NEW Zealand shearer Megan Whitehead has smashed the women’s world nine-hour strong wool lamb record by shearing 661 lambs in a woolshed today.
At Gore in New Zealand’s South Island, the sprightly 24-year-old 60kg Southland shearer shore each 34-36kg lamb at an average rate of less than 50 seconds to better the previous record of 648 set by Waikato shearer Emily Welch in 2007.
Welch and fellow female shearing legend Jills Angus Burney, who established the record with 541 in 1989, were among the hundreds of people who urged the new star on during the day, in temperatures rising close to 30 degrees Celsius late in the afternoon.
But perhaps the highest accolades came from one shearer who wasn’t in the shed; world shearing great Sir David Fagan, who watched a live-stream at his home in Te Kuiti.
Reaching for superlatives, Sir David said the lambs weren’t small and it was a superb effort by Team Whitehead, with the lady on the board at a young age but with the shearing world at her feet.
Sir David was the first man to shear more than 700 lambs in an official World Shearing Records Society nine-hour record – when he shore 748 in 1985 and adding over 100 to a previous men’s record of 626. He predicted Whitehead would one day be the first woman to shear more than 700.
Speaking from Te Kuiti mid-afternoon, with the new record imminent, Sir David said: “She’s going to break it. And if anyone’s going to break it again, it’ll be her.”
Having exposed her potential when shearing 608 during a four-stand women’s record in January last year, Whitehead was today ahead of the required pace of at least 72 lambs an hour from the start; shearing 153 in the first two hours from 5am to breakfast – already nine ahead of the 144 with which Welch opened her big day 13 years ago. She then backed-it up with successive 1hr 45min runs of 132, 126, 125, 125 and 125, hitting the goal amid rapturous applause about with just under 10 minutes to go to knock-off at 5pm.
Tally of more than 700 is not out of reach
Megan Whitehead in action. Source – Facebook.
Welch had shorn runs of 144, 125, 123, 127 and 129 when she did her record, while in her record 31 years ago Angus Burney shore runs of 128, 105, 105, 103 and 100, and remembers thinking that with the wave of women starting to working and competing as shearers a tally over 700 would not be beyond reach.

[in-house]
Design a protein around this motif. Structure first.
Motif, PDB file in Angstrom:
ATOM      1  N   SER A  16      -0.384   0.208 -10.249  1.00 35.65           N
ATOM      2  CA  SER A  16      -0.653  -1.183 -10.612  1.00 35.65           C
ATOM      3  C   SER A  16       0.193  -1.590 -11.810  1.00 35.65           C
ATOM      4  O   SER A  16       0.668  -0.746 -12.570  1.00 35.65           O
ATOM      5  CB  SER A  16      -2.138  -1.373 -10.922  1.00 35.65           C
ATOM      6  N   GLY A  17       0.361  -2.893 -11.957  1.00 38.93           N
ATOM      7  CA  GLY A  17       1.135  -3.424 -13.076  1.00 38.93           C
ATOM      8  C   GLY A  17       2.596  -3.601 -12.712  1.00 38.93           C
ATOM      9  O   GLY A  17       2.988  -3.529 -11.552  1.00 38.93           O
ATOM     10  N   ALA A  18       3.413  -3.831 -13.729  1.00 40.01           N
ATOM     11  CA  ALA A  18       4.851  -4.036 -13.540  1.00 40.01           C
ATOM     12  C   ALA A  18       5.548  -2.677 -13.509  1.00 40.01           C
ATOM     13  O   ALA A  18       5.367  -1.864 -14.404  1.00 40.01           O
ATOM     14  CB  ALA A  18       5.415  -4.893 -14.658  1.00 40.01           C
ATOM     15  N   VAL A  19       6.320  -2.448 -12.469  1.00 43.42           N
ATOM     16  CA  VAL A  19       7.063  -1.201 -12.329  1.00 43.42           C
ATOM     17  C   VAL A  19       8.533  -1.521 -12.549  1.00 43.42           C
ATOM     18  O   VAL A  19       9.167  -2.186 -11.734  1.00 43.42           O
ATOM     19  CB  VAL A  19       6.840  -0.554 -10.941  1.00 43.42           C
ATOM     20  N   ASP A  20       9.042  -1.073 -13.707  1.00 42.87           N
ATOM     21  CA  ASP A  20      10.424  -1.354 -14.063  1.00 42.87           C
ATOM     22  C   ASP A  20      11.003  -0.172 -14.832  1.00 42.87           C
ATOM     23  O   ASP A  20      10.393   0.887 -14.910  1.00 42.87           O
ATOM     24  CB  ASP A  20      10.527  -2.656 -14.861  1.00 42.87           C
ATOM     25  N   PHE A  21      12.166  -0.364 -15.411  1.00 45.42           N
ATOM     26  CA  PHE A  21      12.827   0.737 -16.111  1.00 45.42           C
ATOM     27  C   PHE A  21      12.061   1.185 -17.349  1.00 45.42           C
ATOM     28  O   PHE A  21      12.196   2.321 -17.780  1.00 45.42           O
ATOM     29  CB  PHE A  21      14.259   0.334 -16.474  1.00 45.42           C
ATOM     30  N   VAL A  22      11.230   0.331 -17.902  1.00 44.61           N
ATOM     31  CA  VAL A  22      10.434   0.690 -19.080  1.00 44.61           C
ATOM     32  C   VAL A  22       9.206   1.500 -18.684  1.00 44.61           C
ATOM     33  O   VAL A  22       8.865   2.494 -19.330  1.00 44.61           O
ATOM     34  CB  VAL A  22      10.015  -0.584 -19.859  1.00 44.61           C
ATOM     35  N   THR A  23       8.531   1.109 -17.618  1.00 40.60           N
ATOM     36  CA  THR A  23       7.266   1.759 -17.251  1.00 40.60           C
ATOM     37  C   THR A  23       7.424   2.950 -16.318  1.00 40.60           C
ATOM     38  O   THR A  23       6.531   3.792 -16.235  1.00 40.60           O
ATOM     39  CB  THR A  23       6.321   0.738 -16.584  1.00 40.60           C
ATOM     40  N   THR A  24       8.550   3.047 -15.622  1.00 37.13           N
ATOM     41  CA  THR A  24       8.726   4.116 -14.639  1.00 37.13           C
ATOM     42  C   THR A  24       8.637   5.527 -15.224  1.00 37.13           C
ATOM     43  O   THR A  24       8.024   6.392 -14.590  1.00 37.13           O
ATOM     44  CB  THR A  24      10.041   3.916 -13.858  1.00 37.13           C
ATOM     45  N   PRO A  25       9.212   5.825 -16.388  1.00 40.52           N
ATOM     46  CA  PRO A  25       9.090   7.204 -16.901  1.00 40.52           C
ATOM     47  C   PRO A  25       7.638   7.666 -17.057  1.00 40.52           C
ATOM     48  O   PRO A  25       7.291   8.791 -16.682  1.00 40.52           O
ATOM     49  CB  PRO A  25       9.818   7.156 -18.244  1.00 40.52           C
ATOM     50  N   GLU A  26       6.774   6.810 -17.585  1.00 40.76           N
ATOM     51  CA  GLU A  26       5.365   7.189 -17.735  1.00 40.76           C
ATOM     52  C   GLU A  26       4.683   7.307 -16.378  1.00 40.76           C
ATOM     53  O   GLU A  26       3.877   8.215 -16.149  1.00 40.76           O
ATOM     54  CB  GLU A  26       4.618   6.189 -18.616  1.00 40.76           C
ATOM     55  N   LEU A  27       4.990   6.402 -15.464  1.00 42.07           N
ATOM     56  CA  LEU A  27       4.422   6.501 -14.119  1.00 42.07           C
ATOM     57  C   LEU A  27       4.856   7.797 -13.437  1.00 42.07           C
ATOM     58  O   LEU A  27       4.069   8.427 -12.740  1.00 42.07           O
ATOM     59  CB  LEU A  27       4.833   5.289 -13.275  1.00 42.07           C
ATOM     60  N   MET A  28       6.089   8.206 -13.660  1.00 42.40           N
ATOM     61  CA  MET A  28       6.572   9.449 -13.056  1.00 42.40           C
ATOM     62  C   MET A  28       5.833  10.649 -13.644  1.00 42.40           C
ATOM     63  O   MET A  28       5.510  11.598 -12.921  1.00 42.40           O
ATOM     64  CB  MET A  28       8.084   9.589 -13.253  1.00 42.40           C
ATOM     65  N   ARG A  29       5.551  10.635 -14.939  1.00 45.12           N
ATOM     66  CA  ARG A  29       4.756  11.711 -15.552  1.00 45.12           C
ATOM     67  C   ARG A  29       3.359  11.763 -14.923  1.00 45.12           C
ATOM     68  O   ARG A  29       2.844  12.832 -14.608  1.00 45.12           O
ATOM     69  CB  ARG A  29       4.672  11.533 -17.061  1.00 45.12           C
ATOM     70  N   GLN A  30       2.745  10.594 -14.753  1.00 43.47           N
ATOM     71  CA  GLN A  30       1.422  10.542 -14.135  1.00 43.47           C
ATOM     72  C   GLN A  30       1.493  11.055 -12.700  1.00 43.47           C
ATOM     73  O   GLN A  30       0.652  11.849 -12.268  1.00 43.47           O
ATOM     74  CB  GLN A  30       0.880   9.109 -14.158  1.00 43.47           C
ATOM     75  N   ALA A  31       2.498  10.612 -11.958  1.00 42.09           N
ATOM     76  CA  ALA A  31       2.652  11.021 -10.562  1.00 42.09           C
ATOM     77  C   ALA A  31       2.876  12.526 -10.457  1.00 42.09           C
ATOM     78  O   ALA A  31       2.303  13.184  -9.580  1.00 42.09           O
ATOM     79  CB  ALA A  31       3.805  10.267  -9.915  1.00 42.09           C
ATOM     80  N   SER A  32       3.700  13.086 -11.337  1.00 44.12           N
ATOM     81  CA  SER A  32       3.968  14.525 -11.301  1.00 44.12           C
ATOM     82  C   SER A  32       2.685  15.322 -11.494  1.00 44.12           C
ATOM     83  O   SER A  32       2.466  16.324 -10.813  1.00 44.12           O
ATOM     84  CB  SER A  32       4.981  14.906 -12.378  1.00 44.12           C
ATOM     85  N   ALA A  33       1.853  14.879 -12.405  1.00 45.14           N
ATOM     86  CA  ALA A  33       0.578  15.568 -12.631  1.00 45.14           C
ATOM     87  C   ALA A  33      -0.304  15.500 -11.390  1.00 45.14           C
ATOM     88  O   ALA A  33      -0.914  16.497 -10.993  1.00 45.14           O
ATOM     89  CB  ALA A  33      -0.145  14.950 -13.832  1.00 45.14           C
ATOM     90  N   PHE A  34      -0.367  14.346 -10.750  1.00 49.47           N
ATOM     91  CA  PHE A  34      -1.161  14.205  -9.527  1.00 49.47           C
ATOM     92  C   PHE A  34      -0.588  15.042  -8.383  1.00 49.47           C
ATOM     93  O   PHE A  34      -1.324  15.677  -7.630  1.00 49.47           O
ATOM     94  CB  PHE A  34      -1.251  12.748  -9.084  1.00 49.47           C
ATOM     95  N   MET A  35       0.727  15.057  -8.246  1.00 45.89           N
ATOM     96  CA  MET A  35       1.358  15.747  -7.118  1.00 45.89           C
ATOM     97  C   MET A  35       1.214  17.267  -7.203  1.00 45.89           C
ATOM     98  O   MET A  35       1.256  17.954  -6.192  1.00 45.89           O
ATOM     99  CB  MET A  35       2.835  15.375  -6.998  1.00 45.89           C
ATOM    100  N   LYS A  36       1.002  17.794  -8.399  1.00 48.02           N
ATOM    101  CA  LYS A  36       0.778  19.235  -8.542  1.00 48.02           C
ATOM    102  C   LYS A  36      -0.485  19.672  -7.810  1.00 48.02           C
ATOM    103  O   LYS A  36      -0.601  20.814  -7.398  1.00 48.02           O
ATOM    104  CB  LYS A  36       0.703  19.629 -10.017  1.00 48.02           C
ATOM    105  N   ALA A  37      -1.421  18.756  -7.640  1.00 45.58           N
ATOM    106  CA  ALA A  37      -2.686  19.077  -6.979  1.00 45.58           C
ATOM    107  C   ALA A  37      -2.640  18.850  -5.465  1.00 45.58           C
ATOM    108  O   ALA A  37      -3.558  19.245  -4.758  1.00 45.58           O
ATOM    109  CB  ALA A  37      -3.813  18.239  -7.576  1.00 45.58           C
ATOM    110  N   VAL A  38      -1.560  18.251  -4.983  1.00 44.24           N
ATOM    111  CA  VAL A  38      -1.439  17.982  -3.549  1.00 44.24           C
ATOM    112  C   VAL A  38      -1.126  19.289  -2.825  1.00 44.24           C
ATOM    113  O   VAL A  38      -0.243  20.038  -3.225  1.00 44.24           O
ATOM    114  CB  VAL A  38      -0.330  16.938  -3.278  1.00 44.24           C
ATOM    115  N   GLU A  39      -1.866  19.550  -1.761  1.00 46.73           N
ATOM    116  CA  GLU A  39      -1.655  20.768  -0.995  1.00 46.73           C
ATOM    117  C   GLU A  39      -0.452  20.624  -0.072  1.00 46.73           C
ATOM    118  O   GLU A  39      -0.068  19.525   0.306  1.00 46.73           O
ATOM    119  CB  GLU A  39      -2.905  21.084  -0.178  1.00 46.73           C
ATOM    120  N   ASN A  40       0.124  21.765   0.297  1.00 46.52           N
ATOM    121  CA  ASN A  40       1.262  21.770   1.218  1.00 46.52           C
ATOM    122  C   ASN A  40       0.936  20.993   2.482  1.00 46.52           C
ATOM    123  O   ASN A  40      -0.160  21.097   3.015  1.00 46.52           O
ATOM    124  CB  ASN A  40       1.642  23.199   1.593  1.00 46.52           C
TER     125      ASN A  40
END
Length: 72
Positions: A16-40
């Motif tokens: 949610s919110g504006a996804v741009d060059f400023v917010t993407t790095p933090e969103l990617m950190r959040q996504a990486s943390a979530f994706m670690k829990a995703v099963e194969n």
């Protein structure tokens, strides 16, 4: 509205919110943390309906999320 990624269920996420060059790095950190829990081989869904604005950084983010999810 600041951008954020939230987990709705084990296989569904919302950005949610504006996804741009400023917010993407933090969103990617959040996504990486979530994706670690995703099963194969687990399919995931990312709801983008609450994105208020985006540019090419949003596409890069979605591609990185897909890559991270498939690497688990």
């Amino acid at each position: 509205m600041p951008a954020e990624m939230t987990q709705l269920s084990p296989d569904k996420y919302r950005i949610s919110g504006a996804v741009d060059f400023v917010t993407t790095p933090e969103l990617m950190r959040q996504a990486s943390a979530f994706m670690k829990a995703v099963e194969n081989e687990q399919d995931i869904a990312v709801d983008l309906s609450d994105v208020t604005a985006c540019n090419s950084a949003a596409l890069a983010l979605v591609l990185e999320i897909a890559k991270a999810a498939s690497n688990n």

There was a huge support crew at the successful record attempt, headed by father Quentin Whitehead, who monitored the clock closely throughout as his daughter worked alone on the Grant Brother’s shearing board at Croydon Bush, just north of Gore.
Former national circuit champion, 2017 world teams champion, multiple New Zealand team member and fellow Southland shearer Nathan Stratford took care of the shearing gear, with Whitehead changing cutters every quarter-hour, and with combs at least every run.
Despite attending almost every record attempt since her own successes, Angus Burney, now a barrister, was in awe of the shearing operation’s attention to strategic detail, including the breeding of a line of Snowline over Romney lambs and planning through the Covid-19 dilemma to enable the required overseas Australian judge to be able to adjudicate via an AVL feed.
The Australian judge, Mark Baldwin, watching from his bus company office in Tocumwal, New South Wales, was one of four judges appointed by the World Shearing Records Society to ensure the quality of the shear and that all rules were adhered to. This included an average cut of more than 0.9kg of wool per lamb as assessed when a sample of 20 shorn lambs produced 21kg on Wednesday.
While the athleticism of Whitehead impressed and amazed throughout, it was not all plain-sailing. The record could have been higher, but for the judges rejecting at least three lambs during the day, although the shearing quality generally was reported to be of a high standard.
Quentin Whitehead, who like record-breaker’s mother Tina McColl was a shearer, estimated there were 70 people in the crew, in woolshed and other roles. It also took substantial sponsorship and a big financial input, starting with a fee of $US2500 to the records society.
It was the second women’s solo lambs record in just over 13 months, with Canadian shearer Pauline Bolay having shorn 510 in eight hours in a day masterminded by now shearing contractor Welch in December 2019.
The men’s nine-hour strong wool record is 867, set by Irish shearer Ivan Scott in England in mid-2016, breaking by one a record held by Hawke’s Bay shearer Dion King for about nine years.